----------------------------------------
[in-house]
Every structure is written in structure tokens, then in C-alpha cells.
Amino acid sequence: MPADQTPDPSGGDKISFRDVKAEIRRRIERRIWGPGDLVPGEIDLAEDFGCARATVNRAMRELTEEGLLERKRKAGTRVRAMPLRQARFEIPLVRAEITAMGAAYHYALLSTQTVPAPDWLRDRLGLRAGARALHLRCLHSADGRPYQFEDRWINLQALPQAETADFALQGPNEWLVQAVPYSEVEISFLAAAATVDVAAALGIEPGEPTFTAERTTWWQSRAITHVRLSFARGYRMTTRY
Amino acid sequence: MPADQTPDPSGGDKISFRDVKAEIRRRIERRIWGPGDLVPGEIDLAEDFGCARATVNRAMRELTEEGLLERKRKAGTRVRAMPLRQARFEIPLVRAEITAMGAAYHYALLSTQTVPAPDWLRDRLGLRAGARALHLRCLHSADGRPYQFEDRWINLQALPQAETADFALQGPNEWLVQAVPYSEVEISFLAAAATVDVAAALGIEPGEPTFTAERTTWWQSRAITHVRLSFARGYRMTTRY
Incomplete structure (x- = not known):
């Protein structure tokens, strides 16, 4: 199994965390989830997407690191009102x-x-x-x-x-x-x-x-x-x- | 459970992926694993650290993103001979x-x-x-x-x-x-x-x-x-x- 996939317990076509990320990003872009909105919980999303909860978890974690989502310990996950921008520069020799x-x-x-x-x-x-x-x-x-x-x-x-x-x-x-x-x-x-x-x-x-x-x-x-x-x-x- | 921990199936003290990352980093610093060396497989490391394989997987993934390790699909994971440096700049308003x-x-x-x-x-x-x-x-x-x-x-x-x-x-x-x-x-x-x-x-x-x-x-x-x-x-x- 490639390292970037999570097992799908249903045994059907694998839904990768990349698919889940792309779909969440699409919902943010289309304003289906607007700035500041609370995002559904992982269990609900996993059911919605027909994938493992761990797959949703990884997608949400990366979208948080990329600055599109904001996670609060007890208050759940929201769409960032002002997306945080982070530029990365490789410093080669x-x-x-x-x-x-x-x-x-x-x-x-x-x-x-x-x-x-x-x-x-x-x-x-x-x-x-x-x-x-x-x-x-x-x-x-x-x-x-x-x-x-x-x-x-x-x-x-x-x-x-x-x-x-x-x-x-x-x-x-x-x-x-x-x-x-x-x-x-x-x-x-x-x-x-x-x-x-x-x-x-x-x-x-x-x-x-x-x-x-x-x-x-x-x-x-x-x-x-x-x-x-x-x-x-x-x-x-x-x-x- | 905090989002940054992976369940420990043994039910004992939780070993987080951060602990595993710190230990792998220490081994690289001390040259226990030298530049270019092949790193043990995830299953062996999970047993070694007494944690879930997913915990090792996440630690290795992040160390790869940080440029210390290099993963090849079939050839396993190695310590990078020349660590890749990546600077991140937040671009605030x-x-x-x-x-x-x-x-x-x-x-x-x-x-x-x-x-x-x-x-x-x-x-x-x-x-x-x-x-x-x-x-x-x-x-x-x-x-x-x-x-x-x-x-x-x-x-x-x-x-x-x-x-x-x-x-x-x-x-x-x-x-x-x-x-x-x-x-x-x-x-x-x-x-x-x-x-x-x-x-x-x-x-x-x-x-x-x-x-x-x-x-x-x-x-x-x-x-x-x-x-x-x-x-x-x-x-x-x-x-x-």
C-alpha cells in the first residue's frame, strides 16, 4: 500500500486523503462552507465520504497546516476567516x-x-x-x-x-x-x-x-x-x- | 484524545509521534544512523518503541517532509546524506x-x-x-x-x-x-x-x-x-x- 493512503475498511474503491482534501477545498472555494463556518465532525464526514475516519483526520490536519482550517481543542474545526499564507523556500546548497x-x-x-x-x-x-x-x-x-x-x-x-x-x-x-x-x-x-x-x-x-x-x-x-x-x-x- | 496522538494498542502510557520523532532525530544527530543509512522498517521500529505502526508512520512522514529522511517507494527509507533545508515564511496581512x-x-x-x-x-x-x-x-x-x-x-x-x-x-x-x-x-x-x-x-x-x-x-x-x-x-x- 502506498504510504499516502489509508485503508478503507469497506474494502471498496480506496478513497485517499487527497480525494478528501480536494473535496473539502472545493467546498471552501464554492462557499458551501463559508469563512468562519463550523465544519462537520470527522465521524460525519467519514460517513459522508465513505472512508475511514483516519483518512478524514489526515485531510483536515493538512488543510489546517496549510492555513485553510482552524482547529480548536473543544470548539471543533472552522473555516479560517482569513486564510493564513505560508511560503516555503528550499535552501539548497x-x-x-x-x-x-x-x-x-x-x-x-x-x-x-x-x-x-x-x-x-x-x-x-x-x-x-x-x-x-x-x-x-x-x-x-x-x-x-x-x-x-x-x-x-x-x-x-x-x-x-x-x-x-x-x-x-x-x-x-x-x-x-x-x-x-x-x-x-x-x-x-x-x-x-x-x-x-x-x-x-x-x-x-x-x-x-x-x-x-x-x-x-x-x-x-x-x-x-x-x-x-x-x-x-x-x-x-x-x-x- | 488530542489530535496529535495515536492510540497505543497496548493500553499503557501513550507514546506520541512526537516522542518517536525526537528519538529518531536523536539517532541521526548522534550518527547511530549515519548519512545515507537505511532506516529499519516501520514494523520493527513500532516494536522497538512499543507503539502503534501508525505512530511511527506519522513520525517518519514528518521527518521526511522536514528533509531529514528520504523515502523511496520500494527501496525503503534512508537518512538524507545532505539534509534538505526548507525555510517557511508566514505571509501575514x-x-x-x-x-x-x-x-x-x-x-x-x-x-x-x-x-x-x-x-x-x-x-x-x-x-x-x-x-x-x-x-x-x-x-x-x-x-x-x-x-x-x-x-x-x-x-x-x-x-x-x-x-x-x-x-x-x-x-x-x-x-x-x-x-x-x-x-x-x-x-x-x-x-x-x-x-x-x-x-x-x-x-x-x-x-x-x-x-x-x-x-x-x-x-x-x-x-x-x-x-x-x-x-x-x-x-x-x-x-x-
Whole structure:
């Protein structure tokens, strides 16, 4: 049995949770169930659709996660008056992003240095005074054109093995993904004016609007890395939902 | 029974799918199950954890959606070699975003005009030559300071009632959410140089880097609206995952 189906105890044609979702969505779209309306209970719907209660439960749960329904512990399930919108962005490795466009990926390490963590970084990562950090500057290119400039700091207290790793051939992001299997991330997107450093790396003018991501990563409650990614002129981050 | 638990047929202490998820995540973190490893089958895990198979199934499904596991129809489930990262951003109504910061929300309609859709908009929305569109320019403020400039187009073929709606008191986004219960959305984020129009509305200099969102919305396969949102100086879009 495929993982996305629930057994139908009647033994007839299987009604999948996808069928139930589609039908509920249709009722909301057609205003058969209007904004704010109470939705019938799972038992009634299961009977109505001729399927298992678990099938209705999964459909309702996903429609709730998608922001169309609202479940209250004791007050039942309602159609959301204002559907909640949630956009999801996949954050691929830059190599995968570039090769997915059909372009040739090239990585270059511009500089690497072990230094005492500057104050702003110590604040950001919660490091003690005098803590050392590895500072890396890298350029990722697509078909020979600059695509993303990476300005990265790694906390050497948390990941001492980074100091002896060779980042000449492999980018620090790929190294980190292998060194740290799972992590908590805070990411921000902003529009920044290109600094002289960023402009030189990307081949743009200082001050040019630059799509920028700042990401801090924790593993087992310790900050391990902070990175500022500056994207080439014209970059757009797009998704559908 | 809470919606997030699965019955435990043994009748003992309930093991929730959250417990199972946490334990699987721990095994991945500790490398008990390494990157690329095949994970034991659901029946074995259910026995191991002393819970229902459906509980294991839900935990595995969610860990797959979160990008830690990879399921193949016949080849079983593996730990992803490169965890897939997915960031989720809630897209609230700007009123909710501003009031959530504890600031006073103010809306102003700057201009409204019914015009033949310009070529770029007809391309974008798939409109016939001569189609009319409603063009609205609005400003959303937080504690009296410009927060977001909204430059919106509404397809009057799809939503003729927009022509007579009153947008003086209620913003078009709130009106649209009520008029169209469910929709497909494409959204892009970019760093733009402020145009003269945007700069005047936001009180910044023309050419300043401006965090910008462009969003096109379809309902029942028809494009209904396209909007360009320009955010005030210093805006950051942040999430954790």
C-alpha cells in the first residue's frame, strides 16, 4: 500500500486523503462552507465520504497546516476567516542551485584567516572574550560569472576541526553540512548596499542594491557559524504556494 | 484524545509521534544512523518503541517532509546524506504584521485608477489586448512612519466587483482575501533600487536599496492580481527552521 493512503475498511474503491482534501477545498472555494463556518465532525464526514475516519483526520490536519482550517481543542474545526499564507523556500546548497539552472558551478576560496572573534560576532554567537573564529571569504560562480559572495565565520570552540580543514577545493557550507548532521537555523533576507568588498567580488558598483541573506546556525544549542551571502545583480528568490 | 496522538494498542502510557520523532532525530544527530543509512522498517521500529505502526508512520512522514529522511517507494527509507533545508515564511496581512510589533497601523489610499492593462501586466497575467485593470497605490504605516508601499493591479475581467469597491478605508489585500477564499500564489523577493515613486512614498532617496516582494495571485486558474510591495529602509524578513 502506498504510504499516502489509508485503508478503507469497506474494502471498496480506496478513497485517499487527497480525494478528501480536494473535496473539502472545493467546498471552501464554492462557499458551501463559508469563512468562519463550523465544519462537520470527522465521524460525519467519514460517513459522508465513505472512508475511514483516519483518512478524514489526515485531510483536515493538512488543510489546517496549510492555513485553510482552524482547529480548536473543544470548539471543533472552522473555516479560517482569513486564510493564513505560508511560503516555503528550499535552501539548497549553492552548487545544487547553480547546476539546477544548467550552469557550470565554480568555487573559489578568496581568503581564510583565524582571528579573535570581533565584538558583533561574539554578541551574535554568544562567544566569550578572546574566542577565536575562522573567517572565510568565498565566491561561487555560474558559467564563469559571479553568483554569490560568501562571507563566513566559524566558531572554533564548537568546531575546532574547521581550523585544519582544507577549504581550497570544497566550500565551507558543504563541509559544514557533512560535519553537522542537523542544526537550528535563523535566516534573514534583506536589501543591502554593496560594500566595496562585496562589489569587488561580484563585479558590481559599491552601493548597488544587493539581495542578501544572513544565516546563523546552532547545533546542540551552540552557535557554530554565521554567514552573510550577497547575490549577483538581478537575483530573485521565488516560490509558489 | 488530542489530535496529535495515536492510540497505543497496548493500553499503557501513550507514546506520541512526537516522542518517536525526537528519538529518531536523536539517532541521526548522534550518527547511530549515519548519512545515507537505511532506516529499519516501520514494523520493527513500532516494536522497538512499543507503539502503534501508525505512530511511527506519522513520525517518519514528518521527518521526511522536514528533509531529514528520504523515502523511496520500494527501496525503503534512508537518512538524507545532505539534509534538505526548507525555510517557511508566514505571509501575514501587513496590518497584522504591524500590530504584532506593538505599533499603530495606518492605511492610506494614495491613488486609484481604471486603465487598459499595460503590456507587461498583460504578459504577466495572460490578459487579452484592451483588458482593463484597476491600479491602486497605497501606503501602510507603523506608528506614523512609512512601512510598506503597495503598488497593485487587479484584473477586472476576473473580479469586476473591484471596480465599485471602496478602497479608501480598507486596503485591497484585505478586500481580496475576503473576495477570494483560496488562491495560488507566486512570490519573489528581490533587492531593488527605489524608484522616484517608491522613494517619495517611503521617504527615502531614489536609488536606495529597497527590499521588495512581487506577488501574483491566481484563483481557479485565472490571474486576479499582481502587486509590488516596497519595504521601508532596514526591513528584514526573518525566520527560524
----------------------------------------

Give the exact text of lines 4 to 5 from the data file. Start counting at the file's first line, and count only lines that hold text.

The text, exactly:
Amino acid sequence: MPADQTPDPSGGDKISFRDVKAEIRRRIERRIWGPGDLVPGEIDLAEDFGCARATVNRAMRELTEEGLLERKRKAGTRVRAMPLRQARFEIPLVRAEITAMGAAYHYALLSTQTVPAPDWLRDRLGLRAGARALHLRCLHSADGRPYQFEDRWINLQALPQAETADFALQGPNEWLVQAVPYSEVEISFLAAAATVDVAAALGIEPGEPTFTAERTTWWQSRAITHVRLSFARGYRMTTRY
Incomplete structure (x- = not known):